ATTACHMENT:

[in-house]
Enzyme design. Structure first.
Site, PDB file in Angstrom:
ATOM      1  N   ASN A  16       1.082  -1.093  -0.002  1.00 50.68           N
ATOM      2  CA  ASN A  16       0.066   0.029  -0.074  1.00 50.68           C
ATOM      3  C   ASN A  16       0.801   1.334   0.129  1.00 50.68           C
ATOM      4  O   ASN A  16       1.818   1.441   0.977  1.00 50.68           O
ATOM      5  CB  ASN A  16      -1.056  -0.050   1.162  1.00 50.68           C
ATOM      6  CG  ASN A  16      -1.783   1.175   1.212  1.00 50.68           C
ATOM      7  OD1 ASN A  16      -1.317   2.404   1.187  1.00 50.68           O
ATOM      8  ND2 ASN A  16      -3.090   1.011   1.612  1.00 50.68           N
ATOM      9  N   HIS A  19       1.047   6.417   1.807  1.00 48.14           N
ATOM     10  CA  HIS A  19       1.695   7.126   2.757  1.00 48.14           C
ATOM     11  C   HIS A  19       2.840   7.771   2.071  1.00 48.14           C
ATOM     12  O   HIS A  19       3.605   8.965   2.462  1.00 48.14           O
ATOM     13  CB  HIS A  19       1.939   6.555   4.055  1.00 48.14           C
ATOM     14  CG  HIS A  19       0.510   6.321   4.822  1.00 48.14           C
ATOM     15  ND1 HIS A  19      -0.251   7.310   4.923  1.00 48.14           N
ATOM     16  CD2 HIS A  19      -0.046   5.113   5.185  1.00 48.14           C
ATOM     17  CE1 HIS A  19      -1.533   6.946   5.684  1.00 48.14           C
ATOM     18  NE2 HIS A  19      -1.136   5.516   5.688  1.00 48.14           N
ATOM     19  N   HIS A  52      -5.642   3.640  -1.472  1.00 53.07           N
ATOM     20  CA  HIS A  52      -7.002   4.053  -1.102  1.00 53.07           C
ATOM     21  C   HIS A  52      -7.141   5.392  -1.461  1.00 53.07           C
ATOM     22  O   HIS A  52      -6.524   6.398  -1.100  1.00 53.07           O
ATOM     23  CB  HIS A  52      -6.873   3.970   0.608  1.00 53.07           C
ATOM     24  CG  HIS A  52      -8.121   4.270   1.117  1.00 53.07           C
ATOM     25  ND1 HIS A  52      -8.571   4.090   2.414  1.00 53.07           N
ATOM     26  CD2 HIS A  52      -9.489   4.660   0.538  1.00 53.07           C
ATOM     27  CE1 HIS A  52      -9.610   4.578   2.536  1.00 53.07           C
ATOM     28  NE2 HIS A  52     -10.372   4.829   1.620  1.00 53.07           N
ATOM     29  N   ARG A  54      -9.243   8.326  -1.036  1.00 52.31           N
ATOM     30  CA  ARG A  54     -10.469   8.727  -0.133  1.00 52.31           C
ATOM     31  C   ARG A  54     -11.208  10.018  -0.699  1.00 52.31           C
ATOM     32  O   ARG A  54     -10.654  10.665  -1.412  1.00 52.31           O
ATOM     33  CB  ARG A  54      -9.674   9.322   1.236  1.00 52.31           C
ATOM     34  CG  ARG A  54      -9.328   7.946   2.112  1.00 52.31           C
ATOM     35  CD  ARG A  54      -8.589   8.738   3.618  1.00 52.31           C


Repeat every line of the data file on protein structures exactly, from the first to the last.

[in-house]
Enzyme design. Structure first.
Site, PDB file in Angstrom:
ATOM      1  N   ASN A  16       1.082  -1.093  -0.002  1.00 50.68           N
ATOM      2  CA  ASN A  16       0.066   0.029  -0.074  1.00 50.68           C
ATOM      3  C   ASN A  16       0.801   1.334   0.129  1.00 50.68           C
ATOM      4  O   ASN A  16       1.818   1.441   0.977  1.00 50.68           O
ATOM      5  CB  ASN A  16      -1.056  -0.050   1.162  1.00 50.68           C
ATOM      6  CG  ASN A  16      -1.783   1.175   1.212  1.00 50.68           C
ATOM      7  OD1 ASN A  16      -1.317   2.404   1.187  1.00 50.68           O
ATOM      8  ND2 ASN A  16      -3.090   1.011   1.612  1.00 50.68           N
ATOM      9  N   HIS A  19       1.047   6.417   1.807  1.00 48.14           N
ATOM     10  CA  HIS A  19       1.695   7.126   2.757  1.00 48.14           C
ATOM     11  C   HIS A  19       2.840   7.771   2.071  1.00 48.14           C
ATOM     12  O   HIS A  19       3.605   8.965   2.462  1.00 48.14           O
ATOM     13  CB  HIS A  19       1.939   6.555   4.055  1.00 48.14           C
ATOM     14  CG  HIS A  19       0.510   6.321   4.822  1.00 48.14           C
ATOM     15  ND1 HIS A  19      -0.251   7.310   4.923  1.00 48.14           N
ATOM     16  CD2 HIS A  19      -0.046   5.113   5.185  1.00 48.14           C
ATOM     17  CE1 HIS A  19      -1.533   6.946   5.684  1.00 48.14           C
ATOM     18  NE2 HIS A  19      -1.136   5.516   5.688  1.00 48.14           N
ATOM     19  N   HIS A  52      -5.642   3.640  -1.472  1.00 53.07           N
ATOM     20  CA  HIS A  52      -7.002   4.053  -1.102  1.00 53.07           C
ATOM     21  C   HIS A  52      -7.141   5.392  -1.461  1.00 53.07           C
ATOM     22  O   HIS A  52      -6.524   6.398  -1.100  1.00 53.07           O
ATOM     23  CB  HIS A  52      -6.873   3.970   0.608  1.00 53.07           C
ATOM     24  CG  HIS A  52      -8.121   4.270   1.117  1.00 53.07           C
ATOM     25  ND1 HIS A  52      -8.571   4.090   2.414  1.00 53.07           N
ATOM     26  CD2 HIS A  52      -9.489   4.660   0.538  1.00 53.07           C
ATOM     27  CE1 HIS A  52      -9.610   4.578   2.536  1.00 53.07           C
ATOM     28  NE2 HIS A  52     -10.372   4.829   1.620  1.00 53.07           N
ATOM     29  N   ARG A  54      -9.243   8.326  -1.036  1.00 52.31           N
ATOM     30  CA  ARG A  54     -10.469   8.727  -0.133  1.00 52.31           C
ATOM     31  C   ARG A  54     -11.208  10.018  -0.699  1.00 52.31           C
ATOM     32  O   ARG A  54     -10.654  10.665  -1.412  1.00 52.31           O
ATOM     33  CB  ARG A  54      -9.674   9.322   1.236  1.00 52.31           C
ATOM     34  CG  ARG A  54      -9.328   7.946   2.112  1.00 52.31           C
ATOM     35  CD  ARG A  54      -8.589   8.738   3.618  1.00 52.31           C